Breach Numbers All Over the Map
For example, a survey of 220 hospitals released April 20 found that 84 percent of U.S. hospitals have at least one breach incident a year, and 42 percent have at least 10 incidents. Identity Force and the American Hospital Association collaborated on that poll.
Earlier this month, a survey of 250 hospitals by HIMSS Analytics found that 19 percent had experienced at least one security breach in the past 12 months, up from 13 percent in a similar survey conducted in early 2008. Nearly two-thirds of those reporting a breach said the source was unauthorized access to information by an individual employed by the organization at the time of the incident, according to the survey, commissioned by Kroll Fraud Solutions.
Training and re-training staff about the importance of breach prevention, as well as the practical steps they can take to keep data secure, is the key.
By comparison, the 2009 HIMSS Security Survey, sponsored by Semantic, found that of 196 participating hospitals, 32 percent reported they had at least one known case of medical identity theft at some point.
So which survey has it right? That's impossible to tell.
And it's too soon to determine whether the HITECH Act's toughening of penalties for federal security and privacy violations and its requirement for reporting major breaches to federal authorities is having an impact on the frequency of breaches. The tally of breaches affecting more than 500 individuals, as complied by the Office for Civil Rights at the Department of Health and Human Services, stood at 65 as of April 23. That list only includes major breaches since last September, when the notification rule kicked in.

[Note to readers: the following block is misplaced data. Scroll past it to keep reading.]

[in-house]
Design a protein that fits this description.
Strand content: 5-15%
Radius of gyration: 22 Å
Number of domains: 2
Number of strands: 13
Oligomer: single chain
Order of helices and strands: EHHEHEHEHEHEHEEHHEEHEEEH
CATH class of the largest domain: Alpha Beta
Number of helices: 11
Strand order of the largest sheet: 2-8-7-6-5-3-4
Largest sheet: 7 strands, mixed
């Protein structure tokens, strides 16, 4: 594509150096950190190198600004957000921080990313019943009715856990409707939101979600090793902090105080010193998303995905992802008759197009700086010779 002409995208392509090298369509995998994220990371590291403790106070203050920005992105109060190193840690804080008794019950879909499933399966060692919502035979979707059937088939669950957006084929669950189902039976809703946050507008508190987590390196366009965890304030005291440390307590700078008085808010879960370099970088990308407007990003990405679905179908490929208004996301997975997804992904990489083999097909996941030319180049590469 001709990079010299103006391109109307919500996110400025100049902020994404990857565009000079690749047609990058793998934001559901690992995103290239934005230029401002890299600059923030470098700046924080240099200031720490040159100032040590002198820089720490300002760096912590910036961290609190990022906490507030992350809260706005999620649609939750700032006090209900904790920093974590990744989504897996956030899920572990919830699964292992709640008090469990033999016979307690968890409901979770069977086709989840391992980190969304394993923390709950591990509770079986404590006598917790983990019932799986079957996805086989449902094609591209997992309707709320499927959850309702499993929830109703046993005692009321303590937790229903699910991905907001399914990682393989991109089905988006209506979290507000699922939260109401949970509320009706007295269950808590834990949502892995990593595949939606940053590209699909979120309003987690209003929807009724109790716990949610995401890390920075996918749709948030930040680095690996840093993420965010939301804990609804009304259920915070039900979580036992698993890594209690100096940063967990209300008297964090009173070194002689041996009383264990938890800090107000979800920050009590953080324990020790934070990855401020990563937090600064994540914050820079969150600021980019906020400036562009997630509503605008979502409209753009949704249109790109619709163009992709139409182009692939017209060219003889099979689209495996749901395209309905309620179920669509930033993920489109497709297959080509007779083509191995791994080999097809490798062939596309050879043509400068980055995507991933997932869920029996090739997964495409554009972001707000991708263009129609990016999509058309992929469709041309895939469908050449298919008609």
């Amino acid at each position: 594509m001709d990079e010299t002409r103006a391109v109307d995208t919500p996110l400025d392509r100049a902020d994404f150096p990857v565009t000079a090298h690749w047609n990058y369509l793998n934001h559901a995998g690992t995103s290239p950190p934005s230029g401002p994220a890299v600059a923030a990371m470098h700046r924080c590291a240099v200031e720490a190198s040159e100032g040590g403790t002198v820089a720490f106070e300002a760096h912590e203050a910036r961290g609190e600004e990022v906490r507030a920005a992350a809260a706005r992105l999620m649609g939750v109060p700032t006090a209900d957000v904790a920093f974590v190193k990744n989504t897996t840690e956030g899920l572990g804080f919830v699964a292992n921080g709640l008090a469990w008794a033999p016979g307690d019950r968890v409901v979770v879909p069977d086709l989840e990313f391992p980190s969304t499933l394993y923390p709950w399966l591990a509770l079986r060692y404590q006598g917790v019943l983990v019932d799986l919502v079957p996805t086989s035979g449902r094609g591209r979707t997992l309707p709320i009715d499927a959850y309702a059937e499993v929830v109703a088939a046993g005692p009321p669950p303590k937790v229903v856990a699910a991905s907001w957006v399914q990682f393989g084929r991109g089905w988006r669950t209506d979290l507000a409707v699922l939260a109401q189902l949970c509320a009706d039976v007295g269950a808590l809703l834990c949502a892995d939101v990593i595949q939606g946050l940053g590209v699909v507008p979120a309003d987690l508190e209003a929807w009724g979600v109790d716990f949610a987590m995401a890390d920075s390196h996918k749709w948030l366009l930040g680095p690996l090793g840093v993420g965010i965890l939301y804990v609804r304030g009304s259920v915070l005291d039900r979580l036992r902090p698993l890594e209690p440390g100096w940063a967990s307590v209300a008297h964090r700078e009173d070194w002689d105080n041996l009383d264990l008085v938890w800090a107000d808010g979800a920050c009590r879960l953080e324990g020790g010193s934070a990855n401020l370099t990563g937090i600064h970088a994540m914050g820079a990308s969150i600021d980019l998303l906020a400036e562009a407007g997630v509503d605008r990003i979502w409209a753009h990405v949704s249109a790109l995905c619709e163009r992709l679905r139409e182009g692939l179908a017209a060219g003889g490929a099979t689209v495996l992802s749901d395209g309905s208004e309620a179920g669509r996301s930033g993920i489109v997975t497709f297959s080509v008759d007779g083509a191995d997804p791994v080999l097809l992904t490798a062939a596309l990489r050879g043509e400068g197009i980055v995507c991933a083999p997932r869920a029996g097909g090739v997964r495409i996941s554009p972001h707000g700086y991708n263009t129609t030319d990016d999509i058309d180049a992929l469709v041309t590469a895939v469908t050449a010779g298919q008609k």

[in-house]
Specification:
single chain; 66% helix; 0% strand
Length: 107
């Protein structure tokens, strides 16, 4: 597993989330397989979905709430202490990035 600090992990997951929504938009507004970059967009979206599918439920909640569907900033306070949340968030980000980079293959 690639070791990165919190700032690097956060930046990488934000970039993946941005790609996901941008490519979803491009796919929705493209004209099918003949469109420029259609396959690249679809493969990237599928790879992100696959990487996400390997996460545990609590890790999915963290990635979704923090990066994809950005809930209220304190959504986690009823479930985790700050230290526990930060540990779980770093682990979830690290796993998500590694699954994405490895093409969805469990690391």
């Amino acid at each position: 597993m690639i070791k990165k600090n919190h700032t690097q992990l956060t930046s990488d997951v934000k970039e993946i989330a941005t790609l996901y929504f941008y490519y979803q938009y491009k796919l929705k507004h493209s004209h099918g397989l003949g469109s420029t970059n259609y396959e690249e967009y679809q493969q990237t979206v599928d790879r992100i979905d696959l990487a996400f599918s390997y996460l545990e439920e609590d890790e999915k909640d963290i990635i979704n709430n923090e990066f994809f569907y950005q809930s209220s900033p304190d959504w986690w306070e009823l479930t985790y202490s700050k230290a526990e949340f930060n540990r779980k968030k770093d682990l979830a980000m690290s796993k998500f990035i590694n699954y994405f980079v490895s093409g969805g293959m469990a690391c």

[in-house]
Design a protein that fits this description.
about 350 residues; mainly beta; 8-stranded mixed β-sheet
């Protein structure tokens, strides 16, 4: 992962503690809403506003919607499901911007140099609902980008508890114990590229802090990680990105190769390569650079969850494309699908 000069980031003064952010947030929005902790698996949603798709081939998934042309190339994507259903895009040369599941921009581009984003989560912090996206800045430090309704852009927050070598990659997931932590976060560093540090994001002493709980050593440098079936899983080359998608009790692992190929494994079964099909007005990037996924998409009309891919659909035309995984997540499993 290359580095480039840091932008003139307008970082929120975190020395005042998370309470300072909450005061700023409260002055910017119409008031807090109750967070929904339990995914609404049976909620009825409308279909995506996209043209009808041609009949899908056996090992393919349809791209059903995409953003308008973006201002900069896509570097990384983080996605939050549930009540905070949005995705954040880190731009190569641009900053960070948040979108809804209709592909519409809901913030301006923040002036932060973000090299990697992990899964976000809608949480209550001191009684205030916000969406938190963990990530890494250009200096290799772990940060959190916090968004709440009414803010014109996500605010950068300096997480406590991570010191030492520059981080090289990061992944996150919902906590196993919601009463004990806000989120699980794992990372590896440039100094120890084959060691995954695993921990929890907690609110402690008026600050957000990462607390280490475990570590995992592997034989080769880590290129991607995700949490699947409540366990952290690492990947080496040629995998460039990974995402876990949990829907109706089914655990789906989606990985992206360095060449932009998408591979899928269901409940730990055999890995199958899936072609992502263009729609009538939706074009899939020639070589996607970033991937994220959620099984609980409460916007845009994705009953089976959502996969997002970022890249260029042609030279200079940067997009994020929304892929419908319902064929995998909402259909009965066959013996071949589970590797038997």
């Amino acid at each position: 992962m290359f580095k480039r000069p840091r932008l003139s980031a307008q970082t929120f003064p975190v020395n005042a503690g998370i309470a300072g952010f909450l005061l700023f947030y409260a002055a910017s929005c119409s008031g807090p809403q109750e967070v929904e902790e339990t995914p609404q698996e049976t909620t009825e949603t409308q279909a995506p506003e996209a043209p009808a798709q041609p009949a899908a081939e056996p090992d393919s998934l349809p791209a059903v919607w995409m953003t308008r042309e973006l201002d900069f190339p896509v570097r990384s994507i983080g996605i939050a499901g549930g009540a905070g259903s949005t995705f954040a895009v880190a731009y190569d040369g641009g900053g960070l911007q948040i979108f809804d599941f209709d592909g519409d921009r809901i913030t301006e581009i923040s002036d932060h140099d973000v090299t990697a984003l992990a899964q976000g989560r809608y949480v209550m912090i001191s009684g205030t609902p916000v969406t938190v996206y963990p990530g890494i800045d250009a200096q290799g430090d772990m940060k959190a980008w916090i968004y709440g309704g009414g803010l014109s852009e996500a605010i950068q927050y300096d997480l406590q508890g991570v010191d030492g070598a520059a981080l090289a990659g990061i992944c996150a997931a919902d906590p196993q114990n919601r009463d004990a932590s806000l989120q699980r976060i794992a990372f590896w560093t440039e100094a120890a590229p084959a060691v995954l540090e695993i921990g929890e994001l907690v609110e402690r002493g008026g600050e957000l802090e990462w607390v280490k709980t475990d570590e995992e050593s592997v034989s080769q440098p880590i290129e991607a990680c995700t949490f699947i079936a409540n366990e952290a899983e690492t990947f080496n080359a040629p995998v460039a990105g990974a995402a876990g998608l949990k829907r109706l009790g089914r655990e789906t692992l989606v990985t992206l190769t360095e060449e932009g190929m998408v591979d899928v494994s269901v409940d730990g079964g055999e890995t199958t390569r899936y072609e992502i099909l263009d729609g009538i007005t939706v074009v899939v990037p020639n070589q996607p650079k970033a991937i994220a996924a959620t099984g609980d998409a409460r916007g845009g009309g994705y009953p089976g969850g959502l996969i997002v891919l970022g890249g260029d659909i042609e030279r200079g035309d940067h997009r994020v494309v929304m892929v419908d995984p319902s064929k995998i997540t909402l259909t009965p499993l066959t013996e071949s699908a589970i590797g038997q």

Let's hope that fewer big breaches make it to this federal list in the months ahead as more organizations take preventive action.
The single most important way to prevent breaches is to create a "breach-free culture," says Steven Bearak, CEO of Identity Force. That sounds about right to me.
Good policies and procedures and technologies are important. But they're not enough. Training and re-training staff about the importance of breach prevention, as well as the practical steps they can take to keep data secure, is the key.
So encrypt those laptops. Lock those filing cabinets. And, most important, make sure risk management is a top priority for your organization, from top to bottom.